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The most common complaint that I hear from couples in my practice is, “we don’t communicate well. She/he doesn’t understand me.” The problem is presented equally by men and women.

Communication between people is complex. It involves transmission and reception and both present problems. One person speaks, attempting to express some thought or feeling, and the other person receives the thought or feeling.  Sounds simple enough, right?  Not so fast.  The transmitter (initiator) intends to deliver a message, but may not express him or herself well.  Something gets jumbled between what one intends to say and what actually is said.  The receiver, thinks he or she understands what is being said, but in actuality, he or she is interpreting what is heard and responding to this interpretation rather than to what was actually said or to the intent.

For instance, the dialogue might go like this.  Tom intends to say to Mary, “Some folks at the office are going out after work for drinks. Would that be OK with you if I join them?”  What he actually says, is “I’ll will be working late tonight.”  Mary, knowing that there are women at the office, interprets this in her mind as “you are bored with me and would rather stay at work.”  She then responds in an angry tone with, “OK, fine, but I won’t be here when you get home!” An argument ensues about whether Tom is having an affair.

In order to minimize the probability of such miscommunication I suggest what is known as active listening. Active listening requires that the listener makes certain that he/she completely understands what the communicator is saying or intends to say before responding.  Active listening begins with the receiver of the communication paraphrasing what was heard and possibly asking for additional information.  It is important that the listener give the speaker the opportunity to clarify, amplify, modify, or even retract what was said.  Once the speaker fully expresses his thought or feeling and indicates that he feels completely understood, then the listener has the opportunity to respond. At that point the process continues with the roles being reversed.

The previous dialogue might look like this:

Tom: “I’ll be working late tonight.”

Mary: “My understanding is that you will be working in your office late tonight. Is that correct?”

Tom: “Not exactly. Several people from work will be going out for drinks after work. We will be discussing some recent developments at the office.”

Mary: “OK, so you will be going out with a group of people from the office after work and will be discussing work-related matters over drinks. Is that it?”

Tom: “Yes, that is what I was trying to say.”

At this point Mary may wish to start a new conversation about feeling insecure in the relationship in which case the dialogue would continue with Tom being the active listener.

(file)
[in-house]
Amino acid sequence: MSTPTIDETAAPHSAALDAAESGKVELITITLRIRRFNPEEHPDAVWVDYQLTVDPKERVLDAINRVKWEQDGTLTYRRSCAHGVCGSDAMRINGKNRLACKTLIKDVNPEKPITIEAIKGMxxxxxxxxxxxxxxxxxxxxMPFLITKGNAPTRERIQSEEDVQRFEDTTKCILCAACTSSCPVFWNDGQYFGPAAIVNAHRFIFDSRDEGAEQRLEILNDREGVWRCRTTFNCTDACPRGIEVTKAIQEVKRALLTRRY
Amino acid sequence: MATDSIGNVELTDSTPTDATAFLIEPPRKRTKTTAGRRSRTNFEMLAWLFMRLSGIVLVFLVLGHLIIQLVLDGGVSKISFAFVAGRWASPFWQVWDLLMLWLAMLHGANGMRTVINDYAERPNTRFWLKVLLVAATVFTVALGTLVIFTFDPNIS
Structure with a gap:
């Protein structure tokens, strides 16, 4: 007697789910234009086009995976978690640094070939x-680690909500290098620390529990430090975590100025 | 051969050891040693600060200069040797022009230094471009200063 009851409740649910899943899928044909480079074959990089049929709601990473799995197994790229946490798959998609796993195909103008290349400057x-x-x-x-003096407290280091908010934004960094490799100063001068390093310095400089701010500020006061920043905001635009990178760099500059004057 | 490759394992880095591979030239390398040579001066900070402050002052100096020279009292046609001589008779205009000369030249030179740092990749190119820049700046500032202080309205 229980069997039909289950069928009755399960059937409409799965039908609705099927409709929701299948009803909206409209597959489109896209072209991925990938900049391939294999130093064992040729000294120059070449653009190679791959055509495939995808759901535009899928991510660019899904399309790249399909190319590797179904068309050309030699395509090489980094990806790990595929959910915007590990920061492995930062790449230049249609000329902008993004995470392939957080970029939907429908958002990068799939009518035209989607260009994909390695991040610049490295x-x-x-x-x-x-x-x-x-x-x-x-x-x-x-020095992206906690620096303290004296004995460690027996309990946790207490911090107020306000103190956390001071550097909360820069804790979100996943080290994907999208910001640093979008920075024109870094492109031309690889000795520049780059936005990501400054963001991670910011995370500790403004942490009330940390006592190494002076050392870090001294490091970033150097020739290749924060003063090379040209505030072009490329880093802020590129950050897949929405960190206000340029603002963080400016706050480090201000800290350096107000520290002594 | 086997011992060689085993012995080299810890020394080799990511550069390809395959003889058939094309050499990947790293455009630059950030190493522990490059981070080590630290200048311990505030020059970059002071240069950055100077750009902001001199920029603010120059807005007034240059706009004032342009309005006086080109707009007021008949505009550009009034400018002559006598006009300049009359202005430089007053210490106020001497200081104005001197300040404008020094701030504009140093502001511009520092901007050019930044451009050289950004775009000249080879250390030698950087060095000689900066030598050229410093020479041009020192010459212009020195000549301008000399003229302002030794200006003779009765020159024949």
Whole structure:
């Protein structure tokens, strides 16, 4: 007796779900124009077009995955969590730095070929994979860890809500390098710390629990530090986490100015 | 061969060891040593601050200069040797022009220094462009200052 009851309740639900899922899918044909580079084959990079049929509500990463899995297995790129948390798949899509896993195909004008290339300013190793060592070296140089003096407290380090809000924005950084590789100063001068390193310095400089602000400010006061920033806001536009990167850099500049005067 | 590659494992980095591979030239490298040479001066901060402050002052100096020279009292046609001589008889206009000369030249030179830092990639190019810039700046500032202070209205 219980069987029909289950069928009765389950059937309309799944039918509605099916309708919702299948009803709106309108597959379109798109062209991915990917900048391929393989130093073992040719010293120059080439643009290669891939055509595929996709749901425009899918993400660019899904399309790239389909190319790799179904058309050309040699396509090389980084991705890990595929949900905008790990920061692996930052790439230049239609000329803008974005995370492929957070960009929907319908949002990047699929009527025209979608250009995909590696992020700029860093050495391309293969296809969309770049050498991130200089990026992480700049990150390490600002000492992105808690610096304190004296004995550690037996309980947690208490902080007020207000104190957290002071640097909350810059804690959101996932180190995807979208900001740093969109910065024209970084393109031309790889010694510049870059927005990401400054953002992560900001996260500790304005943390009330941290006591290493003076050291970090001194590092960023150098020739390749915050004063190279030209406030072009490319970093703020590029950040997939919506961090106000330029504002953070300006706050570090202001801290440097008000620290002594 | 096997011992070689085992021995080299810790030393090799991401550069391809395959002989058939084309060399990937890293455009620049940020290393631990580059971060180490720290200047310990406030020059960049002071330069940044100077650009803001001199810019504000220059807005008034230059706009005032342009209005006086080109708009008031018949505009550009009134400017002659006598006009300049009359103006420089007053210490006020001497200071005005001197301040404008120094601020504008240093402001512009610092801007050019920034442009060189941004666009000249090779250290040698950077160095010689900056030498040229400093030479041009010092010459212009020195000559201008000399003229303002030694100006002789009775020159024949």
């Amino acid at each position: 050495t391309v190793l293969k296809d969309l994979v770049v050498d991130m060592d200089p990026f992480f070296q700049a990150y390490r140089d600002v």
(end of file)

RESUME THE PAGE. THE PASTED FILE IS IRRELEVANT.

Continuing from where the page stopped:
Active listening takes practice. It takes patience.  Simply learning to listen is difficultActive listening is even more difficult. However, it is an effective way of avoiding misunderstanding and insuring that conversations stay of point. It gives each party the opportunity to clarify and to be understood.

Another tip for better communication is to always give the intent of a question before asking. This gives the responder complete information as to the purpose of the question in order to give a complete response.  For example, let’s say that Tom says, “Do we have plans tonight?”  It sounds like a simple yes or no question.  But it is not full communication.

The reason Tom is asking the question could be that Tom really wants to go out for drinks with some co-workers after work. If Mary says, “no” then Tom assumes that he can make go out with his co-workers and says, “Great. I will be going out with the guys after work for drinks. I will be home late.”  Mary may feel set up.  She says, “I thought you were going to invite me out for dinner. Now I am disappointed.” It would have been far better for Tom to have said, “I would like to go out for drinks some of my co-workers after work. Is there any reason that shouldn’t go?” Mary would not have had an expectation of dinner.  Giving the back story for all questions before asking them can save people considerable grief and avoid awkward conversations and miscommunications.

[Dr. Dreyfus is a nationally recognized clinical psychologist, relationship counselor, sex therapist, and life coach in the Santa Monica – Los Angeles area treating low sexual desire, premature ejaculation, sexual addictions, drug and alcohol abuse as well marriage and relationship communication and intimacy issues. The profits from his latest book, LIVING LIFE FROM THE INSIDE OUT along with his other five books, are being donated to charity through the website Book Royalties for Charity and can be purchased through Amazon.com. Please become a fan on his Facebook Fan Page by indicating “like” on the page by clicking here. You can also find more tools to help you experience a more fulfilling life by clicking here to visit his website.]